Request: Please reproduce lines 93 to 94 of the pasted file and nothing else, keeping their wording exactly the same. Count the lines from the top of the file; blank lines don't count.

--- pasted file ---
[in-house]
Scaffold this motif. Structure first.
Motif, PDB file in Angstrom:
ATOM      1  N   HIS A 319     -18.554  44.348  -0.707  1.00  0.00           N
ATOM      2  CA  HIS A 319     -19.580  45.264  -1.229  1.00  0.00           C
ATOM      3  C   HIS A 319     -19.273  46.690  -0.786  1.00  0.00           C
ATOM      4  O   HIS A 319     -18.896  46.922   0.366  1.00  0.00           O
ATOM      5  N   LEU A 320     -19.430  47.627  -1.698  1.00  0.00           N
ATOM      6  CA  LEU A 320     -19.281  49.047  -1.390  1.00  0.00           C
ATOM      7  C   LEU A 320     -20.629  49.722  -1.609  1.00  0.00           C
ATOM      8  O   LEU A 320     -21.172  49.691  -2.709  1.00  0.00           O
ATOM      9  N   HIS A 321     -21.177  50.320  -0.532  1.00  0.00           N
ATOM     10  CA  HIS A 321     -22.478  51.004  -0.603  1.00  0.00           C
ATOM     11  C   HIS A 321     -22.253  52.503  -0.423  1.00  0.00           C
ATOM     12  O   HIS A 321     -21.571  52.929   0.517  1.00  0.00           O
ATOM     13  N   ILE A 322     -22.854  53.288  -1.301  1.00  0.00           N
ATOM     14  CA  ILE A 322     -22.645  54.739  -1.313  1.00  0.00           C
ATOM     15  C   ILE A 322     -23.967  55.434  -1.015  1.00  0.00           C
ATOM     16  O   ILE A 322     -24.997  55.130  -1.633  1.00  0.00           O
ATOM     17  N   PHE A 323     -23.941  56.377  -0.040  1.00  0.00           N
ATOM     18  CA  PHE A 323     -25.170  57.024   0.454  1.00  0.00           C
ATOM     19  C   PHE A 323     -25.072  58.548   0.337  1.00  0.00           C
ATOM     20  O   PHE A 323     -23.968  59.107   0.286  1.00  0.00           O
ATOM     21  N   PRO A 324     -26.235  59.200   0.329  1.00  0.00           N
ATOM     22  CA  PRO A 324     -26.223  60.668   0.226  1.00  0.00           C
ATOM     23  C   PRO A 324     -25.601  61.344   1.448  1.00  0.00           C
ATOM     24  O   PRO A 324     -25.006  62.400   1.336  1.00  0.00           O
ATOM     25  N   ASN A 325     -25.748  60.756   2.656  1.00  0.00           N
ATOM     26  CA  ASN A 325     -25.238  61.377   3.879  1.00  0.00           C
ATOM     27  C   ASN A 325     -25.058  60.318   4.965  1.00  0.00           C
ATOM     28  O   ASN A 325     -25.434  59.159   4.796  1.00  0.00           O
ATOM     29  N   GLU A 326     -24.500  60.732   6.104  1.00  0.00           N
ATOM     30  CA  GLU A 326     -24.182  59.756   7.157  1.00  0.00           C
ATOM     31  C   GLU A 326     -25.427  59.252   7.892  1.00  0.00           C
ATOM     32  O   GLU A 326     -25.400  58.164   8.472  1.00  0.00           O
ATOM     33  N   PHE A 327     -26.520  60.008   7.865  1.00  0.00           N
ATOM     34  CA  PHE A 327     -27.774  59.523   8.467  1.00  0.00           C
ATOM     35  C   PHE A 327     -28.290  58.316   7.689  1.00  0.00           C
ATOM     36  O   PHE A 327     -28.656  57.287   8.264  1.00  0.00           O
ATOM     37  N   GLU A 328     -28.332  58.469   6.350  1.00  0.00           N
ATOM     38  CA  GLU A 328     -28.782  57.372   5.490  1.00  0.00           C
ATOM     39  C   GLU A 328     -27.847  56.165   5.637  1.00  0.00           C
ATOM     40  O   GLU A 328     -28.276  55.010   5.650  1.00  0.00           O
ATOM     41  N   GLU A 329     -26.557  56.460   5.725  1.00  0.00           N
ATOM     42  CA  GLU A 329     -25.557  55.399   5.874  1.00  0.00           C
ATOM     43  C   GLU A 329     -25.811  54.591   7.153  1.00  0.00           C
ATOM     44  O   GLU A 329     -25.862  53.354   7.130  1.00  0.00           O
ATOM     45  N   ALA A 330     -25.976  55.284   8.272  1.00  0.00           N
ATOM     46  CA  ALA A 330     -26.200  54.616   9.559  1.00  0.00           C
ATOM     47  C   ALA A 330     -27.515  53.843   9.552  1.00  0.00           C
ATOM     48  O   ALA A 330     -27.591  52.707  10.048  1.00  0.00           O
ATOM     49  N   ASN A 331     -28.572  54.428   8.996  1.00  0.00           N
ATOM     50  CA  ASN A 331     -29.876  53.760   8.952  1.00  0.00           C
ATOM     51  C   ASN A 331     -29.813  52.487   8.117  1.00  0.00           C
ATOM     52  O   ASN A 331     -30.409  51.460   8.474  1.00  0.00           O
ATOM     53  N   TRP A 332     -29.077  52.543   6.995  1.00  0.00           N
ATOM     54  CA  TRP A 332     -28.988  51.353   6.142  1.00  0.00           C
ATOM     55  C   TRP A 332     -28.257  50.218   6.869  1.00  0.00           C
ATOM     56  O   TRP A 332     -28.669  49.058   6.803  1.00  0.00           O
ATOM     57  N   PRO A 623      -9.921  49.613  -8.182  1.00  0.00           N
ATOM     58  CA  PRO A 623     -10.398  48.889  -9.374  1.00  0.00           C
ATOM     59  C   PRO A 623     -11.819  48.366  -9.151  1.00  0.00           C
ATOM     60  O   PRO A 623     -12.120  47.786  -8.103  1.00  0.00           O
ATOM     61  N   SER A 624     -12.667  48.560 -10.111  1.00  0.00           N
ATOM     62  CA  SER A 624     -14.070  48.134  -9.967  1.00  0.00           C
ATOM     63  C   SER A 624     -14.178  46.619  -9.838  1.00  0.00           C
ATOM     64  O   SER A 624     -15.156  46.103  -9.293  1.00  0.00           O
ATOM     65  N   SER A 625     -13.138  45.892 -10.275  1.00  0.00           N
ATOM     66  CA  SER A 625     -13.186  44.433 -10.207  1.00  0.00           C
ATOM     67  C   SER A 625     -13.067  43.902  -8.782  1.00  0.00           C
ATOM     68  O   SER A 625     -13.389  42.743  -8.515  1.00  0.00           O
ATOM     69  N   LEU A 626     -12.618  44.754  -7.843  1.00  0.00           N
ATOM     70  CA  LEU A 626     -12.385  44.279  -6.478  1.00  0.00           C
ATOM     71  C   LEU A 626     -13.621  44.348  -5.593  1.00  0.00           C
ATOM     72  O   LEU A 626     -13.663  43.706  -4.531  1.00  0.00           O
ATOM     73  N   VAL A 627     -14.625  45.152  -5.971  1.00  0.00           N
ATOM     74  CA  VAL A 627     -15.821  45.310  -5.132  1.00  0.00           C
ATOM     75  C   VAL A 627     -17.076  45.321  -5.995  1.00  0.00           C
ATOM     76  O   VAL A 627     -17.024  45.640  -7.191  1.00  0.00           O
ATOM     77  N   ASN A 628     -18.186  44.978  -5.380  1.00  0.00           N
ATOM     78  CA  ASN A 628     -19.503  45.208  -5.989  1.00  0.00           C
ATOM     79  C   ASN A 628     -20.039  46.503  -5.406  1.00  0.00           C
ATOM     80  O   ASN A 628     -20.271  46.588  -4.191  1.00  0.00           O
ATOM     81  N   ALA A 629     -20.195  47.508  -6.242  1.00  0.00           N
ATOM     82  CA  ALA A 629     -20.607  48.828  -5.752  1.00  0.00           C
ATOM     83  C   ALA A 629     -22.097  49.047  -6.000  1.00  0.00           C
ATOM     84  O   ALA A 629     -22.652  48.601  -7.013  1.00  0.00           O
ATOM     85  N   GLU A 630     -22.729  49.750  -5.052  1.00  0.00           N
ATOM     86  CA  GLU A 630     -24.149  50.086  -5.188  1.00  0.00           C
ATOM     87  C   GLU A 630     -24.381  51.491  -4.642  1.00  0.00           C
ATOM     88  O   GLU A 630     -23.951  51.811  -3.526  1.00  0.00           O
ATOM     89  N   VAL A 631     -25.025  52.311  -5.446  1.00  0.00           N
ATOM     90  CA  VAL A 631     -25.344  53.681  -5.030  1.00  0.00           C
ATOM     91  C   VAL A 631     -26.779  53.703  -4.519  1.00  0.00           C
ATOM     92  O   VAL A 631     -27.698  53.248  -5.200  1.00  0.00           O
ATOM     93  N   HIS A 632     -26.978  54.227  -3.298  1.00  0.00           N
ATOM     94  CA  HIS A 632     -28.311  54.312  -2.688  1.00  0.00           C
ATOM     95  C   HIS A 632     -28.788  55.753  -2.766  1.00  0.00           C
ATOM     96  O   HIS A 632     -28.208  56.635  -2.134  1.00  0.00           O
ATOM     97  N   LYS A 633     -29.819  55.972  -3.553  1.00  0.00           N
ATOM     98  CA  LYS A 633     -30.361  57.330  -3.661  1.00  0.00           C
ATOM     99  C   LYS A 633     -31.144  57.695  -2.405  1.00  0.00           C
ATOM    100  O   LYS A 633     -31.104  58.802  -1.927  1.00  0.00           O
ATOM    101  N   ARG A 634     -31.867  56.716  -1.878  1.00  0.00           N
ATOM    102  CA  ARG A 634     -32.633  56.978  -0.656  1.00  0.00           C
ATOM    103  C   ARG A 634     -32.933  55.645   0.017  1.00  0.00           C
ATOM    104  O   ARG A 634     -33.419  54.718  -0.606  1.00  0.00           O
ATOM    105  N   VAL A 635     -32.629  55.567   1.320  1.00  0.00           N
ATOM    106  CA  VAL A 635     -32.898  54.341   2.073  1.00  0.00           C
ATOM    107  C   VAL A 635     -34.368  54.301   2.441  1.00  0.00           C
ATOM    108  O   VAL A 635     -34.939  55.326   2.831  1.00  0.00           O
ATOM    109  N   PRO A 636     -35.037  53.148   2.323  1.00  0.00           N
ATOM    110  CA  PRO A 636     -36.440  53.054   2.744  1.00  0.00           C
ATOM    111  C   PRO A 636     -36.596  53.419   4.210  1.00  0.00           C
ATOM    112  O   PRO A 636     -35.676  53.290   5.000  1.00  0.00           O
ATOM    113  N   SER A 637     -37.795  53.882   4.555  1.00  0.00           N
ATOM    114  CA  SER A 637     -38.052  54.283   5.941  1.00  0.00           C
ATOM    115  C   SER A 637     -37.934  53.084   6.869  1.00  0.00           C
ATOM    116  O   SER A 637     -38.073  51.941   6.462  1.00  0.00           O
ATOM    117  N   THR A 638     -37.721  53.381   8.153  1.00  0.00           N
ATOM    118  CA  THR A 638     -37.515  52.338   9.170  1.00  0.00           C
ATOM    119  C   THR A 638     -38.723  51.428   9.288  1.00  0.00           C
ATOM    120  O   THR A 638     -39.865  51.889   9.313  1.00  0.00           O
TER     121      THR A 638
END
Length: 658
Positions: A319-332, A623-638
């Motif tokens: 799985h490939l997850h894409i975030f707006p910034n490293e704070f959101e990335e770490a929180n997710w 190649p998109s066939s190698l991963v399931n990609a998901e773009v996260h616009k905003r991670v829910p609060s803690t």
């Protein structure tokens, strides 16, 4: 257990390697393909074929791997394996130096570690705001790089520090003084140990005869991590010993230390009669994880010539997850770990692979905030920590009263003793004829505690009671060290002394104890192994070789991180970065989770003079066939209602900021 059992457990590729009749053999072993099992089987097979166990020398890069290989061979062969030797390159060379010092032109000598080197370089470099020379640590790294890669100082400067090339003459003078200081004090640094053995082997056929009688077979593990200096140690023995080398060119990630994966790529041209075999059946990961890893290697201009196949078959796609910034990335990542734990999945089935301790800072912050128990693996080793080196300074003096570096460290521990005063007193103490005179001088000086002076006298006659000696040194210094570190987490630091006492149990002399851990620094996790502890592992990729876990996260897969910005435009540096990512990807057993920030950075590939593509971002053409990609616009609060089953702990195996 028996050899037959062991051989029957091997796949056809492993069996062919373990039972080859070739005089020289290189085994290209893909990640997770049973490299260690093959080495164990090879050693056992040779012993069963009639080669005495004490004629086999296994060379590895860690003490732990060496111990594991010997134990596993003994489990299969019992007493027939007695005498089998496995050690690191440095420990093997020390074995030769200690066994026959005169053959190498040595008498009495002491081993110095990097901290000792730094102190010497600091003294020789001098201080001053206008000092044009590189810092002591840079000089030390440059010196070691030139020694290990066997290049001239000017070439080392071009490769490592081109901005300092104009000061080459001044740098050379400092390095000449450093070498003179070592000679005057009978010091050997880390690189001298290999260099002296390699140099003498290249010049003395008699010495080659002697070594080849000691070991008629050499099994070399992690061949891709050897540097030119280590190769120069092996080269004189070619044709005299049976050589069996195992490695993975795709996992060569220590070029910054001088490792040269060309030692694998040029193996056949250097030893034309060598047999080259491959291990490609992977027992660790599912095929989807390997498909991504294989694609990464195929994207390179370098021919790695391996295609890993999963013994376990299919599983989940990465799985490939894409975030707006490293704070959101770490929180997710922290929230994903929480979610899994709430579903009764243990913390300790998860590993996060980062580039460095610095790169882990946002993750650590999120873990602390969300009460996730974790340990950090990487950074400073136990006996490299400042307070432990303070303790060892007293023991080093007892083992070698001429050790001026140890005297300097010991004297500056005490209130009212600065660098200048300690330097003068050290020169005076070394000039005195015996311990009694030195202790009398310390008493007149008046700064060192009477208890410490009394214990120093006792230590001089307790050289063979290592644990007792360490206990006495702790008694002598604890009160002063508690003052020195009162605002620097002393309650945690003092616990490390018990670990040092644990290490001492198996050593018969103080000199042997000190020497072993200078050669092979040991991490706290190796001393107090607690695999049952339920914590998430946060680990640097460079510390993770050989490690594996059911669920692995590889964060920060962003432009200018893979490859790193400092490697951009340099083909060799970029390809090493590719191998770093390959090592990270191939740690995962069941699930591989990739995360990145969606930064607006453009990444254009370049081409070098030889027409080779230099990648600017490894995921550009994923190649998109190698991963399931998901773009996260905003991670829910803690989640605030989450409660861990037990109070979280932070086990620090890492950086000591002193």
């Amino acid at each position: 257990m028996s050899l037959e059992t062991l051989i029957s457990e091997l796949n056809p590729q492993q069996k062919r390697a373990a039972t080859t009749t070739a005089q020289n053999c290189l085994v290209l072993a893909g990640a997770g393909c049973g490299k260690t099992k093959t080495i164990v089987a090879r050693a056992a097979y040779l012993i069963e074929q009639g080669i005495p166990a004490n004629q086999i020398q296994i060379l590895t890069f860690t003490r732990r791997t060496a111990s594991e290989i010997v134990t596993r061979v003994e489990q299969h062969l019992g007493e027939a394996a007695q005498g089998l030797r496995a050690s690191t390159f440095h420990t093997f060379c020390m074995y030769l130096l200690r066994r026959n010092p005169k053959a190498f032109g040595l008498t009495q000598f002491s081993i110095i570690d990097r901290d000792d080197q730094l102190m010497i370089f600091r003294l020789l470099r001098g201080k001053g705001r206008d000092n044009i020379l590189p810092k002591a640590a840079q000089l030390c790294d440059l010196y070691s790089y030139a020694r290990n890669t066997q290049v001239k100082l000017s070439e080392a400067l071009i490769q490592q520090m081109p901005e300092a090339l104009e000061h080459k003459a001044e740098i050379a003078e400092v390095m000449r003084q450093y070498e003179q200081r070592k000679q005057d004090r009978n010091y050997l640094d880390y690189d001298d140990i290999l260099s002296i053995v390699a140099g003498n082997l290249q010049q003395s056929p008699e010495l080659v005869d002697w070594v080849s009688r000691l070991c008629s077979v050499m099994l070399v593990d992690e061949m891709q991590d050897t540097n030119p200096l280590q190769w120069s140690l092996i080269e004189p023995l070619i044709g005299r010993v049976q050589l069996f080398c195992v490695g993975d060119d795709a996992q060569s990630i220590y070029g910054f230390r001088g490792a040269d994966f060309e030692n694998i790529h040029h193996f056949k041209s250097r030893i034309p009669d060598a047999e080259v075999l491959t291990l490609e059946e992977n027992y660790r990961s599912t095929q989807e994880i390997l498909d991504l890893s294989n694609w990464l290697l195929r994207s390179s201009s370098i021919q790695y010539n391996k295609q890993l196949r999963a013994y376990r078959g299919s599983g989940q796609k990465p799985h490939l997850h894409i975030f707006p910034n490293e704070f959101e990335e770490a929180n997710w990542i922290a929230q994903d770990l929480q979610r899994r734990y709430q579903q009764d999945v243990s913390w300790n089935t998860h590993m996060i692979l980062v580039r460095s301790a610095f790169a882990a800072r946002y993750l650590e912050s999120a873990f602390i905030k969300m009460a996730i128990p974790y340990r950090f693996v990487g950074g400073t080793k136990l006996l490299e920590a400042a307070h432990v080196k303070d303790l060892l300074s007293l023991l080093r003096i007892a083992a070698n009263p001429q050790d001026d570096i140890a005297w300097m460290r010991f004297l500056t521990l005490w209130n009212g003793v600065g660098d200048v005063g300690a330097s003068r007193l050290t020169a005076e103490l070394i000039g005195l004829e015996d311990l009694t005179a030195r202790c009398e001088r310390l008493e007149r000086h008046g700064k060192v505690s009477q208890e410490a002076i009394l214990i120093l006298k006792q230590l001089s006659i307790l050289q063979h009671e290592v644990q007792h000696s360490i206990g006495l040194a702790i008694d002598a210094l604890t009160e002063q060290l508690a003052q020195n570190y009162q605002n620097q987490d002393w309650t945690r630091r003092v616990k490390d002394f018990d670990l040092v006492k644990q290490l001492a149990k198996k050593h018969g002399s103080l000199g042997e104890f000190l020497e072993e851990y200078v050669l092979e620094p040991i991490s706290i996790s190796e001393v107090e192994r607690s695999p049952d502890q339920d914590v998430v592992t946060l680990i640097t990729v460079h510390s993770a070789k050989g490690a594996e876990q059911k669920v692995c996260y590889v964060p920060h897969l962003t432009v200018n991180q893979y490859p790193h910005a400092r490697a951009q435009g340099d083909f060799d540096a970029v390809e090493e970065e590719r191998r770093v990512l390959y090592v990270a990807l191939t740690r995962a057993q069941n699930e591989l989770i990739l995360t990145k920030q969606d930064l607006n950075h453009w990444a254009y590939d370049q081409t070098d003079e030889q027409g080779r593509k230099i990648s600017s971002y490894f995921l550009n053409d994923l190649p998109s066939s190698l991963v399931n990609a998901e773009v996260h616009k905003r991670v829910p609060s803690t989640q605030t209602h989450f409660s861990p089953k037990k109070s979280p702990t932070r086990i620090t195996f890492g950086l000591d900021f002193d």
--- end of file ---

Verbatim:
ATOM     90  CA  VAL A 631     -25.344  53.681  -5.030  1.00  0.00           C
ATOM     91  C   VAL A 631     -26.779  53.703  -4.519  1.00  0.00           C